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On Philosophers: Part Lawyer, Part Comedian

I must first begin by telling you that I am an academically trained student and teacher of philosophy. Not only that, but I have decided to rough it outside the ivory tower. This becomes an issue because philosophy is thought by many to be of no practical value in the world – philosophy trains one in staring at their own navel. This idea comes from a misrepresentation and misunderstanding of what philosophy is and does. As a result of these misconceptions, the philosopher not pursuing a career in academia enters the working world with a disadvantage and must often defend their skills and expertise. That is what I am going to do right here, but indirectly. Instead, I’m going to argue that it is fruitful to consider a philosopher as a cross between a lawyer and a comedian.

Lawyers are at least experts at The Law. Thus, lawyers are usually in the position of determining and demonstrating whether particular acts are within the bounds of The Law or not. The People commonly find this to be important to society and worthy of protection via compensation. Comedians are usually in the position of provoking mirth in others. These others commonly find mirth to be valuable and something worthy of protection as well. Philosophers are thought to possess none of these tangible skills. In fact, philosophers are thought by many to sow the seeds of atheism and nihilism.1 Philosophy doesn’t advocate nihilism; nihilism is often resorted to (at least temporarily) in order even attempt to make sense out of the world. Philosophy just attempts to make sense out of everything.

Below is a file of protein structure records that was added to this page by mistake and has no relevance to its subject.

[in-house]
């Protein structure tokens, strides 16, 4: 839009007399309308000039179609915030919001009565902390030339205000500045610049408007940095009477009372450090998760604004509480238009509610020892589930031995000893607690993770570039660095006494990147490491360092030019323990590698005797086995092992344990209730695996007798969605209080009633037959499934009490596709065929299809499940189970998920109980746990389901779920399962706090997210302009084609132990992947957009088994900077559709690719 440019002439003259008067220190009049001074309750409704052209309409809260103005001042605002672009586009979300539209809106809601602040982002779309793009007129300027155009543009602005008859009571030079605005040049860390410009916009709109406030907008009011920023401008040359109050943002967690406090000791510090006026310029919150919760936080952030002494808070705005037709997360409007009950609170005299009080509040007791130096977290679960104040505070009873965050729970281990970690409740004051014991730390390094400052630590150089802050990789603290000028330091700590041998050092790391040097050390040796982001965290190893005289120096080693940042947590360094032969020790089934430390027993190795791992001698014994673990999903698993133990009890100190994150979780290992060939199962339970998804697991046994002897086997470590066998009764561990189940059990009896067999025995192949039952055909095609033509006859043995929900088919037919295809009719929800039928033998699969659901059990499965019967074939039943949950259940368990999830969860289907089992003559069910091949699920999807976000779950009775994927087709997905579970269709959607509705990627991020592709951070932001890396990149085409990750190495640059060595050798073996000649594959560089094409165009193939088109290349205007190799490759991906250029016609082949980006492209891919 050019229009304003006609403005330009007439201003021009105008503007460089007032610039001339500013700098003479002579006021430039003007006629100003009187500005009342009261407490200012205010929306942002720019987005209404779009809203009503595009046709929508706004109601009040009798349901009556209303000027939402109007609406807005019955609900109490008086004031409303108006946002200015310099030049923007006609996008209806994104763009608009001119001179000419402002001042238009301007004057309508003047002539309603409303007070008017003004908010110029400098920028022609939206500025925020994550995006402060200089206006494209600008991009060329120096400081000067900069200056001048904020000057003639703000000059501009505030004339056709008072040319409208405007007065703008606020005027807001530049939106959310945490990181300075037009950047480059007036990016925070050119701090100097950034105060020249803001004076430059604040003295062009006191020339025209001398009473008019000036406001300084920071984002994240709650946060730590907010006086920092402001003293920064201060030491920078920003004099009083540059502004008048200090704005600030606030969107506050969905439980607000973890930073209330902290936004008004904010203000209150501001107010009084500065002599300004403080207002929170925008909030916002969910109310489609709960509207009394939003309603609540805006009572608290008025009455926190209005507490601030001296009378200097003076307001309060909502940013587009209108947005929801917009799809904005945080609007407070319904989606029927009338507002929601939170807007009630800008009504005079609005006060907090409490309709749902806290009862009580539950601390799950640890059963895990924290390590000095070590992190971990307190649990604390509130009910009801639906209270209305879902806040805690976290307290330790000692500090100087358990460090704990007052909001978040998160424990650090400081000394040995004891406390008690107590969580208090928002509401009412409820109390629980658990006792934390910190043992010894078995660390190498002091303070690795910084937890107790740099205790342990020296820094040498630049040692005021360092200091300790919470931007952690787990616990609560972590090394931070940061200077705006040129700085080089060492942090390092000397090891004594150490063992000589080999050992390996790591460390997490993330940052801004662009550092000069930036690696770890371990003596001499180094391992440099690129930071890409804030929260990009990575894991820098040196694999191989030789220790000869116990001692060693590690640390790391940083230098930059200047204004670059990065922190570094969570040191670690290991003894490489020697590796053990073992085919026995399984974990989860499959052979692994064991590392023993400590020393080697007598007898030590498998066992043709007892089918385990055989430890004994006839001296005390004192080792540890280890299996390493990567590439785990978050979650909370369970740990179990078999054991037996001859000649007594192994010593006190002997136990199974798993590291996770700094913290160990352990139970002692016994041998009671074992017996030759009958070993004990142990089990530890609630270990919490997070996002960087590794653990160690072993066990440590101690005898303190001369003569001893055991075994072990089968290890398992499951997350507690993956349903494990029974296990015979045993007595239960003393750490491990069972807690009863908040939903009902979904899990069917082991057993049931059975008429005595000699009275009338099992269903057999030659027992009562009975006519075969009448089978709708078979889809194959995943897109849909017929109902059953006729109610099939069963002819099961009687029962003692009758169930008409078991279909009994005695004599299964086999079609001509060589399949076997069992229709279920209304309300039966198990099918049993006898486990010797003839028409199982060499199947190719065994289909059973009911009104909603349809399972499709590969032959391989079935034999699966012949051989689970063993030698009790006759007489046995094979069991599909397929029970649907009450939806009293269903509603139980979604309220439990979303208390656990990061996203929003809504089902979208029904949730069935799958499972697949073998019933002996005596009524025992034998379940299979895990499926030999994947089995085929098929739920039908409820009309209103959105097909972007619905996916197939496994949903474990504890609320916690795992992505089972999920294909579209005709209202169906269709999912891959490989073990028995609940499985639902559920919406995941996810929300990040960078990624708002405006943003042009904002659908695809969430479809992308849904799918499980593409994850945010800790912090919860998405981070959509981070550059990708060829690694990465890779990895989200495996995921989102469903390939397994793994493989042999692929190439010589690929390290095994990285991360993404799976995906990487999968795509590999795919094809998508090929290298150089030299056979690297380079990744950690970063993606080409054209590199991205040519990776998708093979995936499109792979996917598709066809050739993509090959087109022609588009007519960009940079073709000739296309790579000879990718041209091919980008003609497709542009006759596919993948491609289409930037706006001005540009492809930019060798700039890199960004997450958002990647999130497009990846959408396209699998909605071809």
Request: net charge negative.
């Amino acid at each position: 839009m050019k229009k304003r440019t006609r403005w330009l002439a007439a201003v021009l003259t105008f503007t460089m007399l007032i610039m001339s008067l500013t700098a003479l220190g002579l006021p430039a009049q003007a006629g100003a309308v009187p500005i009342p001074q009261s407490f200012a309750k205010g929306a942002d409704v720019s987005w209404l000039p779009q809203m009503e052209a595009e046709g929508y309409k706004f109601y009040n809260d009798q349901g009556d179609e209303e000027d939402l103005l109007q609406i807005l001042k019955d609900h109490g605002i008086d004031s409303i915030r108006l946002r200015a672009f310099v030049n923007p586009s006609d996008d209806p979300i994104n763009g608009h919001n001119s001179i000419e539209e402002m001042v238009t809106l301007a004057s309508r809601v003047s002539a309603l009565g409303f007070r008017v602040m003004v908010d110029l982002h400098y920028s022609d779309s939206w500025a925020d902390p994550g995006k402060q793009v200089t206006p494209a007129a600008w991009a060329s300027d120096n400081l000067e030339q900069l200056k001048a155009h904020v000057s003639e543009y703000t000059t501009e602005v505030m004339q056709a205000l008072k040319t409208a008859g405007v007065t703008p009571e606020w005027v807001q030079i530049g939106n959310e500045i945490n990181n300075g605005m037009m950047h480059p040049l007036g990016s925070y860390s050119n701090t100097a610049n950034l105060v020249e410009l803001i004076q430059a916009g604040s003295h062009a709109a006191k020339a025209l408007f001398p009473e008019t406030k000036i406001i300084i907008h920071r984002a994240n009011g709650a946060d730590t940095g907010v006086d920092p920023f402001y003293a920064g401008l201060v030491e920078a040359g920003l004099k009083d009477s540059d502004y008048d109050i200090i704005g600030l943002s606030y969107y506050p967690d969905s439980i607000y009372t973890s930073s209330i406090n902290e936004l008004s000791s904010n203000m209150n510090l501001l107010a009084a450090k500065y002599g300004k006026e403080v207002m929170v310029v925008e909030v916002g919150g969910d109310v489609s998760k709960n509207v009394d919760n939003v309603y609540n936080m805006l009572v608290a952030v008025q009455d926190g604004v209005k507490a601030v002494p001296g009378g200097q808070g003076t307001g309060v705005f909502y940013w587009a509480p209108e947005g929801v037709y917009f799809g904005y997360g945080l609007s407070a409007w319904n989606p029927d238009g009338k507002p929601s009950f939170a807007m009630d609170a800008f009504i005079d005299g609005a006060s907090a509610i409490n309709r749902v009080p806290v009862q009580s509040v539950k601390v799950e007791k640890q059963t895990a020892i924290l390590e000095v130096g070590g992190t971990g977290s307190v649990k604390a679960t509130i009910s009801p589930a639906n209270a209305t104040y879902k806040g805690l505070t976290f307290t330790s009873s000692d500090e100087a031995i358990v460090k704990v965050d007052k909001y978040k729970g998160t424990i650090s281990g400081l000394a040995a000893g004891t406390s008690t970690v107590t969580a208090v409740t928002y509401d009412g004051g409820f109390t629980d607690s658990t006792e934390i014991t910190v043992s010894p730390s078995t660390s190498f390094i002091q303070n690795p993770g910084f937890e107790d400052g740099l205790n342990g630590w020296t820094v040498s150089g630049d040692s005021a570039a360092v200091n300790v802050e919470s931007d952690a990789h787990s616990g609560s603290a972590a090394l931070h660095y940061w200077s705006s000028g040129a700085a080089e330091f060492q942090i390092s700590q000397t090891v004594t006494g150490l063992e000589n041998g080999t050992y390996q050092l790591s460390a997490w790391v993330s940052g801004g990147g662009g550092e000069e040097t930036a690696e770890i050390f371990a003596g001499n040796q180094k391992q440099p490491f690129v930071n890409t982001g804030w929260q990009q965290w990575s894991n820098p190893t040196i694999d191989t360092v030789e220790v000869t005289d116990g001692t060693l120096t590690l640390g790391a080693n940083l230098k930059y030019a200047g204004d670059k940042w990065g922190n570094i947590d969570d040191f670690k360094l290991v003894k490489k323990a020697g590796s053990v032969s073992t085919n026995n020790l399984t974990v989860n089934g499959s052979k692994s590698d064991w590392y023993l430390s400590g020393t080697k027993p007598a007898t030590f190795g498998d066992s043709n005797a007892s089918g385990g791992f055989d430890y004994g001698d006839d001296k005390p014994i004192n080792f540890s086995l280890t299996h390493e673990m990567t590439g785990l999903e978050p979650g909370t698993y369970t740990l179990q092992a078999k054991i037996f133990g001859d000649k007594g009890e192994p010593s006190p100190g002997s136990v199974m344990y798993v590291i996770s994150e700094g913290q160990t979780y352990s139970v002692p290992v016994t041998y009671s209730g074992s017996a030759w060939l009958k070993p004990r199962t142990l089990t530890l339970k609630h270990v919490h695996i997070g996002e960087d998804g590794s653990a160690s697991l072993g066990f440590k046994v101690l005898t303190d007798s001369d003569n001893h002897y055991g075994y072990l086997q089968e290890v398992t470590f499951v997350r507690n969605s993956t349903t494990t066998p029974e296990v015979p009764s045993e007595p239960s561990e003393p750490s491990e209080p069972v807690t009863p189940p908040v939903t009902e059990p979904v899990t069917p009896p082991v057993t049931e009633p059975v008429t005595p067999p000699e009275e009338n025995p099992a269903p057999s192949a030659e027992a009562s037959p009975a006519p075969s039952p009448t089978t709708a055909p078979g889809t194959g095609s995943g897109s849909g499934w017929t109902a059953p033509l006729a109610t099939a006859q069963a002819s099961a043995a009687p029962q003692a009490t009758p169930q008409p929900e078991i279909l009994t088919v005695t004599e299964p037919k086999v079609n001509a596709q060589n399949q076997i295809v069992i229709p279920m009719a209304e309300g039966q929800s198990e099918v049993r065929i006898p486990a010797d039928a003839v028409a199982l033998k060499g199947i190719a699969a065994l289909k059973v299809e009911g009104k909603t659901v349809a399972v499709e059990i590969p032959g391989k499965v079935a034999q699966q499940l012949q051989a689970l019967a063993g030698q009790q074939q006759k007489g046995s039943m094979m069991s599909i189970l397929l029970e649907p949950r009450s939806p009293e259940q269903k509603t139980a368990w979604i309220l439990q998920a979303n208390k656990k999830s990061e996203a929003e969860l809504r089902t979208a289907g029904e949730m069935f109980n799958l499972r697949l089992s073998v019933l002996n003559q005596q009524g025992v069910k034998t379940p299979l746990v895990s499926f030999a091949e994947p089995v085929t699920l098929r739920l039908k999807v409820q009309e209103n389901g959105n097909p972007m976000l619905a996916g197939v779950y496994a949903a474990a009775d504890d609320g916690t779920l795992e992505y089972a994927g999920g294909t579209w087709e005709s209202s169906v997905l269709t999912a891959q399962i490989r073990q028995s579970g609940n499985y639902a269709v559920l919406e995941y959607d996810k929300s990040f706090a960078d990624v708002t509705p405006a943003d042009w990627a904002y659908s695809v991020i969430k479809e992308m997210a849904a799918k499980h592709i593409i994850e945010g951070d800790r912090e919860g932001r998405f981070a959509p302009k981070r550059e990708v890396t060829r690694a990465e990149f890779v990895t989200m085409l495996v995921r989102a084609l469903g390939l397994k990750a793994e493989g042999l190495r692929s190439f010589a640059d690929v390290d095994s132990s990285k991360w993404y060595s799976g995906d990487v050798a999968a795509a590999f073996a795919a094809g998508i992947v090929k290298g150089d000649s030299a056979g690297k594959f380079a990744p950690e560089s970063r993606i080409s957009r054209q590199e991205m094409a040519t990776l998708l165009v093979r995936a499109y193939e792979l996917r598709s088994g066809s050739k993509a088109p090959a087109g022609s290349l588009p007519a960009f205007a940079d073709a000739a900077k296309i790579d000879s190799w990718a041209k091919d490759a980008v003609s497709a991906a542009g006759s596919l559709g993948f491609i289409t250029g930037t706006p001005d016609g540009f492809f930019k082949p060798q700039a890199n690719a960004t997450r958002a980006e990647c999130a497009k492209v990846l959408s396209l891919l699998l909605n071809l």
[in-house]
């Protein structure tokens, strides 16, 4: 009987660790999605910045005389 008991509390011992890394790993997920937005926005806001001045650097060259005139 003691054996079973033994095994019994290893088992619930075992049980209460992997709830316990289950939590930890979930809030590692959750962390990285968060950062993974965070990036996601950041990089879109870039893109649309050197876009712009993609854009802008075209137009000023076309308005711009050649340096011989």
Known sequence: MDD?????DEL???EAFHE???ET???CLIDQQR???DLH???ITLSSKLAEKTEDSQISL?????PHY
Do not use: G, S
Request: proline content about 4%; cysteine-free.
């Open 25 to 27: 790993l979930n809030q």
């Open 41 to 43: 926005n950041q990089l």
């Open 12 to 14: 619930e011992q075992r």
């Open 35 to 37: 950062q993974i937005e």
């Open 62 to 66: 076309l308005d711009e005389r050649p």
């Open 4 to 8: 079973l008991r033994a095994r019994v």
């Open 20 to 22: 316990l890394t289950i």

To see the humorous in life, often the comedian must view society and culture from the outside; the comedian must “step-back” in order to see the absurdity. Philosophy itself could be described as the science2 of “stepping-back”. Likewise, lawyers often must often contain their private judgments, but lawyers are bound to The Law. As soon as you step-back from The Law and question whether The Law is good and should be upheld, you are doing philosophy. Philosophers are also importantly bound by laws: The philosopher recognizes that he is bound by Truth, and he attempts to divine this. Lawyers and philosophers share another proclivity (or prolixity?, depending on which ones you’ve met): Both are bound to reason-giving and argumentation. Lawyers and philosophers don’t just make arguments, but they must be as good (or even better) at evaluating arguments – determining the good from the bad.